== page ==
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Category: Community Engagement

Building Arts Audiences

0 Ann Drinan

In the fall of 2014, the Wallace Foundation published a report by market research expert Bob Harlow: The Road to Results: Effective Practices for Building Arts Audiences. The study profiles ten arts organizations that received funding from the Wallace Foundation to develop audience-building initiatives. Among the ten are the Boston Lyric Opera, Minnesota Opera, Pacific

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An El Sistema Controversy

0 Ann Drinan

Last November, Dr. Geoffrey Baker, a music lecturer at the University of London’s Royal Holloway College, published a book that is quite critical of the founder of the El Sistema movement in Venezuela, Dr. José Abreu, and the El Sistema program itself. Various reviews of Baker’s book, El Sistema: Orchestrating Venezuela’s Youth (Oxford University Press,

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Aaron Flagg on Breaking the Fourth Wall

0 Ann Drinan

In the Fall issue of Symphony magazine, Aaron Flagg describes a concert by the Seattle Symphony during the League’s annual Conference. The concert featured a performance of “Baby Got Back” by rapper Sir Mix-a-Lot; Aaron compares it to the chaos that erupted at the first performance of Stravinsky’s Rite of Spring. “The Seattle Symphony’s performance

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El Sistema Symposium, January 8 – 12, 2015, Hosted at Curtis

0 Ann Drinan

El Sistema USA and Play On, Philly! hosted a national El Sistema symposium at The Curtis Institute of Music in Philadelphia this past week. A pre-symposium gathering, on Thursday afternoon and Friday morning, January 8 & 9, gave attendees a tour of the Play On, Philly! nucleo site and a detailed description of their programs and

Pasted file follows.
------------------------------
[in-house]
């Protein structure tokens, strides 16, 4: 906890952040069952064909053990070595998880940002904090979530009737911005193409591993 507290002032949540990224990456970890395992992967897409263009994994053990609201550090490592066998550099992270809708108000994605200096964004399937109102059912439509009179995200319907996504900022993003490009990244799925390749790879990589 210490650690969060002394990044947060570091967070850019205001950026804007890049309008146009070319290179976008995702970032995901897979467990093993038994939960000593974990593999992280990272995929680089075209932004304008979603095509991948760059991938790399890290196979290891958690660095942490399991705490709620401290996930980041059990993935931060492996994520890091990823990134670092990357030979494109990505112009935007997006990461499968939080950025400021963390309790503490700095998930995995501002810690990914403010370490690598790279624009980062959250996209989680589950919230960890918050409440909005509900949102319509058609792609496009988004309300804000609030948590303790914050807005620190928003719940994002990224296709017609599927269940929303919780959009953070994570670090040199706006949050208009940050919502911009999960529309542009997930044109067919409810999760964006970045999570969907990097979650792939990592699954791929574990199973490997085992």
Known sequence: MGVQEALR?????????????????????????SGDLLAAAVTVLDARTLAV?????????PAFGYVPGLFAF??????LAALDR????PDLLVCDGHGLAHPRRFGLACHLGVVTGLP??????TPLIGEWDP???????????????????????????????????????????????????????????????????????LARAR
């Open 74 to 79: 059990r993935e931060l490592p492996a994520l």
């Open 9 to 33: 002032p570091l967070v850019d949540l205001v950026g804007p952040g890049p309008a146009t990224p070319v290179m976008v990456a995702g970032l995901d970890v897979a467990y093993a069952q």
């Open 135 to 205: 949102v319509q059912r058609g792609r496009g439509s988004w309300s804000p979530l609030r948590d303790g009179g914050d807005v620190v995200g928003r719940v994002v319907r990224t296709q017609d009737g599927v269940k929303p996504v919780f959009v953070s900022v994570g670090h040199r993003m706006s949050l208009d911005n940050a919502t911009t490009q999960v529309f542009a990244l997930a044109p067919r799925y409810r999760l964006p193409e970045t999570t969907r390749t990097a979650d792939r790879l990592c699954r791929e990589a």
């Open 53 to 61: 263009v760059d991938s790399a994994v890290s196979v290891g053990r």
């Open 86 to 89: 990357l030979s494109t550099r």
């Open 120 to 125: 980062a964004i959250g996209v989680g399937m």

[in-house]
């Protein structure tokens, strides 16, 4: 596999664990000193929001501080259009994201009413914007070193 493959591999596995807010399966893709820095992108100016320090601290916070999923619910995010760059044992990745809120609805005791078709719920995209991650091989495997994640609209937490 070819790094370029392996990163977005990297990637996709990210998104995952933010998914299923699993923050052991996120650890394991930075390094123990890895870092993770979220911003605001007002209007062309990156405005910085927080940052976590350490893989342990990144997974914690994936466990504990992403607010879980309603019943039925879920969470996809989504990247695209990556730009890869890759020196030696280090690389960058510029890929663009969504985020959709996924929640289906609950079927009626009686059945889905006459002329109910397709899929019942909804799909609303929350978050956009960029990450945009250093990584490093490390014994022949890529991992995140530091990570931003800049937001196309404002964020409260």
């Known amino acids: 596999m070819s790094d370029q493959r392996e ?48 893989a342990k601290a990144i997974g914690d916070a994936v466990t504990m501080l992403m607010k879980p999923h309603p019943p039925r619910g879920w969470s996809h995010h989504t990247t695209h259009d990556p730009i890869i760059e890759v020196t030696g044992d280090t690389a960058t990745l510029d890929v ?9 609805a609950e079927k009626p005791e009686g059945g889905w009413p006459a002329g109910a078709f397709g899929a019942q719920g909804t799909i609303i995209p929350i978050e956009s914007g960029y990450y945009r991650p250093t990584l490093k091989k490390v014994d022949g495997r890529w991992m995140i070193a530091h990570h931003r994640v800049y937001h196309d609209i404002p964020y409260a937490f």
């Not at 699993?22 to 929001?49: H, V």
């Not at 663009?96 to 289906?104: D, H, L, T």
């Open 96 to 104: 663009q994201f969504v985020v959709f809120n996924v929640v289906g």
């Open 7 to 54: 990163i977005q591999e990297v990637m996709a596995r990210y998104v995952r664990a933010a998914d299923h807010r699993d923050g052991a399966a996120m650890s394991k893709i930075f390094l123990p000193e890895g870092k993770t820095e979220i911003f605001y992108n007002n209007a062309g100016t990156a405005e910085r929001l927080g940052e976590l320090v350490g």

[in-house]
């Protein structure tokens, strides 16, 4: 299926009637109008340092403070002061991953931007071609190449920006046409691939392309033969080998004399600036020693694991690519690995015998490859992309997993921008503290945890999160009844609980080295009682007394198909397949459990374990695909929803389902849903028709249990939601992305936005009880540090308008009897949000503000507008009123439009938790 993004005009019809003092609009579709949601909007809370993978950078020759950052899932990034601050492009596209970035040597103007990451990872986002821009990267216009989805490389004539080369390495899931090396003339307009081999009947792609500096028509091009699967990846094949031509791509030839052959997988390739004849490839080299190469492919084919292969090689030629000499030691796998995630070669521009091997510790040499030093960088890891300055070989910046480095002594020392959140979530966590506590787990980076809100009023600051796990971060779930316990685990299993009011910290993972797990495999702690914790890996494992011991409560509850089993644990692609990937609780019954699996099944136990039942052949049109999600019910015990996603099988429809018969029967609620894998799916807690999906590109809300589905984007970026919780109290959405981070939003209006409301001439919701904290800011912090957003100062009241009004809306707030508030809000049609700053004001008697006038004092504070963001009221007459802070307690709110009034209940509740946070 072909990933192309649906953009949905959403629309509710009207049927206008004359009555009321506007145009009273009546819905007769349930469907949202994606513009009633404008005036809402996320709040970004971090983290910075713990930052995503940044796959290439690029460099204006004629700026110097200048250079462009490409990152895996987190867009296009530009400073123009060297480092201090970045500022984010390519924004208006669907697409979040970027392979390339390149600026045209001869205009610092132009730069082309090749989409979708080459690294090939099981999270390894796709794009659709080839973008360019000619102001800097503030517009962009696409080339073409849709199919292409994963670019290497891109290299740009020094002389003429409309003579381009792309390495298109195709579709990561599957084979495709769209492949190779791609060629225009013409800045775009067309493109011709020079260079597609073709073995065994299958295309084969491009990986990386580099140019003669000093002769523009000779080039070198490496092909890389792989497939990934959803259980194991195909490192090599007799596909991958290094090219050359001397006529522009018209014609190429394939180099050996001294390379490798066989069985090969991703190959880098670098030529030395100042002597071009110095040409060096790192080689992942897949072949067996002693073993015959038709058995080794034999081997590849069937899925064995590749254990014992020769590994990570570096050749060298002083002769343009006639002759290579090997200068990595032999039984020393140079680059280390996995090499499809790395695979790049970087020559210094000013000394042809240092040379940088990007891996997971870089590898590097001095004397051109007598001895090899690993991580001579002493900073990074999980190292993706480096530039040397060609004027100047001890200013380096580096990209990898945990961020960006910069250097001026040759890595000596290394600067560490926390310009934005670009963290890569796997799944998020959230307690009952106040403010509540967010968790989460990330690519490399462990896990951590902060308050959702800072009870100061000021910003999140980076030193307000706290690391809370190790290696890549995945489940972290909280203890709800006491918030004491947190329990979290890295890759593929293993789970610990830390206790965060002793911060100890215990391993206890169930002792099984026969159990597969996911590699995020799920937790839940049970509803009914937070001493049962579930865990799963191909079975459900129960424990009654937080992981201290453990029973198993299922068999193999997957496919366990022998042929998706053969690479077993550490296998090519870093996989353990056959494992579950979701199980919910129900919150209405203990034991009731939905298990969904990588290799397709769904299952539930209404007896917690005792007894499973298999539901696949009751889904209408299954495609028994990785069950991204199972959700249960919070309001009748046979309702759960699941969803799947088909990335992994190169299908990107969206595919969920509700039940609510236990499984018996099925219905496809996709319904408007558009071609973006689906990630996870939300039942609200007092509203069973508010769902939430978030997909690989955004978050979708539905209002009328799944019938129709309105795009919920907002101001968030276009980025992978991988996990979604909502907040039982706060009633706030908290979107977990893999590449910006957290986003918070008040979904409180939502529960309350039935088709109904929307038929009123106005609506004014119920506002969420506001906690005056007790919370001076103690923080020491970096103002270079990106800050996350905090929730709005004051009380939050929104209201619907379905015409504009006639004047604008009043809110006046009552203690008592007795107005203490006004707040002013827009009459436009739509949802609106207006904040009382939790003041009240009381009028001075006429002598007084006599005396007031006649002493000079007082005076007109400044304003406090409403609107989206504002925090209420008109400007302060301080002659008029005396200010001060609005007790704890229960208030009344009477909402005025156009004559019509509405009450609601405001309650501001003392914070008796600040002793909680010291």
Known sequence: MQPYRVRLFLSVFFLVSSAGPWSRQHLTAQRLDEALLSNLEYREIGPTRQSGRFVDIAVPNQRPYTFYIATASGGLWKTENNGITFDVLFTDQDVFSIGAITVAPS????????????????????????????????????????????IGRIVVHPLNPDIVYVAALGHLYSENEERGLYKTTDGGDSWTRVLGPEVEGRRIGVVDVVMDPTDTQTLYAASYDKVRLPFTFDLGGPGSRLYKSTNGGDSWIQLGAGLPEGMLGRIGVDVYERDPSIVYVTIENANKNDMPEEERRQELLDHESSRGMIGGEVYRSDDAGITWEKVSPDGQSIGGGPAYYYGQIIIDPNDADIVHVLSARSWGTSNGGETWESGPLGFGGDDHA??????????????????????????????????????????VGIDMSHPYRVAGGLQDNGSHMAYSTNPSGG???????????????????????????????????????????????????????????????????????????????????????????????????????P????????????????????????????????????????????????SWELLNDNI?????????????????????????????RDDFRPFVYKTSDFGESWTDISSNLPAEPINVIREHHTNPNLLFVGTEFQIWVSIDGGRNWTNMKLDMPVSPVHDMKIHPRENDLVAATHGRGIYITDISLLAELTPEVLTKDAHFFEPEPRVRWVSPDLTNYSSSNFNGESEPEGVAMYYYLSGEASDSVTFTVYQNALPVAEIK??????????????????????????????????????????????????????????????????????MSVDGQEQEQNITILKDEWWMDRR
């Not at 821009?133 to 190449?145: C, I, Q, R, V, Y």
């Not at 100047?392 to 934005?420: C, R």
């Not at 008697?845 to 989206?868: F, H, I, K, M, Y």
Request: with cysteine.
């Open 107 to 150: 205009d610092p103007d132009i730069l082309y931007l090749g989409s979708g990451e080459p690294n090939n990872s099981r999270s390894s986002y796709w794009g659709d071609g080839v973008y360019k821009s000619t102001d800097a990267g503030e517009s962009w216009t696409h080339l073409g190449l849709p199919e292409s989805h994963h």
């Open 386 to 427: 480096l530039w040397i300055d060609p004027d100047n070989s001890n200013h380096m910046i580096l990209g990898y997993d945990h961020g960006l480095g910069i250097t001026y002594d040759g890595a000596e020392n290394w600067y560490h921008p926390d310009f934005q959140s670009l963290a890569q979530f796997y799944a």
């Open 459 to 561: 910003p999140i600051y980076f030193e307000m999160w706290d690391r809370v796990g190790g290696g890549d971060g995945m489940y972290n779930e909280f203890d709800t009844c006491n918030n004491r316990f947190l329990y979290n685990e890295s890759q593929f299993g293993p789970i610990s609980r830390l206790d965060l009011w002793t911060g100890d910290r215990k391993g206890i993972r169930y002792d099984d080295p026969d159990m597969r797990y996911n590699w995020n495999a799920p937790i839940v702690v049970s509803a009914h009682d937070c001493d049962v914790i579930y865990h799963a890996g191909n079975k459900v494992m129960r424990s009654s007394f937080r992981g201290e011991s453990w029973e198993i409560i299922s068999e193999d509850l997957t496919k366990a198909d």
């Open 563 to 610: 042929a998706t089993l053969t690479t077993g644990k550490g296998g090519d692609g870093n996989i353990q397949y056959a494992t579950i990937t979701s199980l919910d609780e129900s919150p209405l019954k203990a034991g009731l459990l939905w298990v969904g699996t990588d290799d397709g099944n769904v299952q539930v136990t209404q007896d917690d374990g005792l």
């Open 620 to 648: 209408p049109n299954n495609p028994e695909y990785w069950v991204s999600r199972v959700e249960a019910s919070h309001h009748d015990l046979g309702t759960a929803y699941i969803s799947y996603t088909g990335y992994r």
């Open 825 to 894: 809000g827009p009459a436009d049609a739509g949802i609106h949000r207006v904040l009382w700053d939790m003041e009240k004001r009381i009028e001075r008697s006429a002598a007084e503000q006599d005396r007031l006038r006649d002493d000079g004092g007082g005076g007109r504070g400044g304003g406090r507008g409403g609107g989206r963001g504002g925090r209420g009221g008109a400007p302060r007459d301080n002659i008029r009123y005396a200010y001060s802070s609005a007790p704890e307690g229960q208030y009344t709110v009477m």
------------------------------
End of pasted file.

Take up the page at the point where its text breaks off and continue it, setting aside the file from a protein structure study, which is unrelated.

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Los Angeles Philharmonic’s National Take a Stand Festival

0 Ann Drinan

On Thursday, January 8, 2015, the Los Angeles Philharmonic announced the creation of the National Take a Stand Festival, an initiative to create a unified national platform for El Sistema-inspired programs throughout the US. The initiative will bring world-renowned conductors, guest artists and teachers to students in El Sistema programs around the country. The National

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Playing for Alzheimer’s Patients

0 Ann Drinan

I’m playing in the “Symphony in the Schools” program this year with the Hartford Symphony, and we recently had several professional days where each of the seven ensembles performed for the others. We also spent some time talking about the program with our new Education Director; we play in senior centers and assisted living facilities,

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Polly Kahn Describes Community Outreach

0 Ann Drinan

Polly Kahn recently stepped down from her position as Vice President and Leadership Development  at the League of American Orchestras after 14 years of devoted service. (She hasn’t left the orchestra field, however; I’m certain we will all benefit from her vision and wisdom in the future.) Polly was immersed in training individuals to make

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How to Be Successful Using Great Communication Skills

0 Tony Woodcock

Storytelling is an essential part of every culture. People are always eager to hear or relate a story whether from a book, a film, a play, a remembrance from childhood or a recent vacation.

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Experimenting with the Concert Experience: How Orchestras Are Being Creative

0 Ann Drinan

The spring issue of Symphony magazine explores how orchestras are varying what they present to concert-goers. Messing with the Model by Senior Editor Chester Lane explores new ideas from several orchestras across the country. I was somewhat surprised and quite pleased to see my own Hartford Symphony Orchestra prominently displayed in this article! The Chicago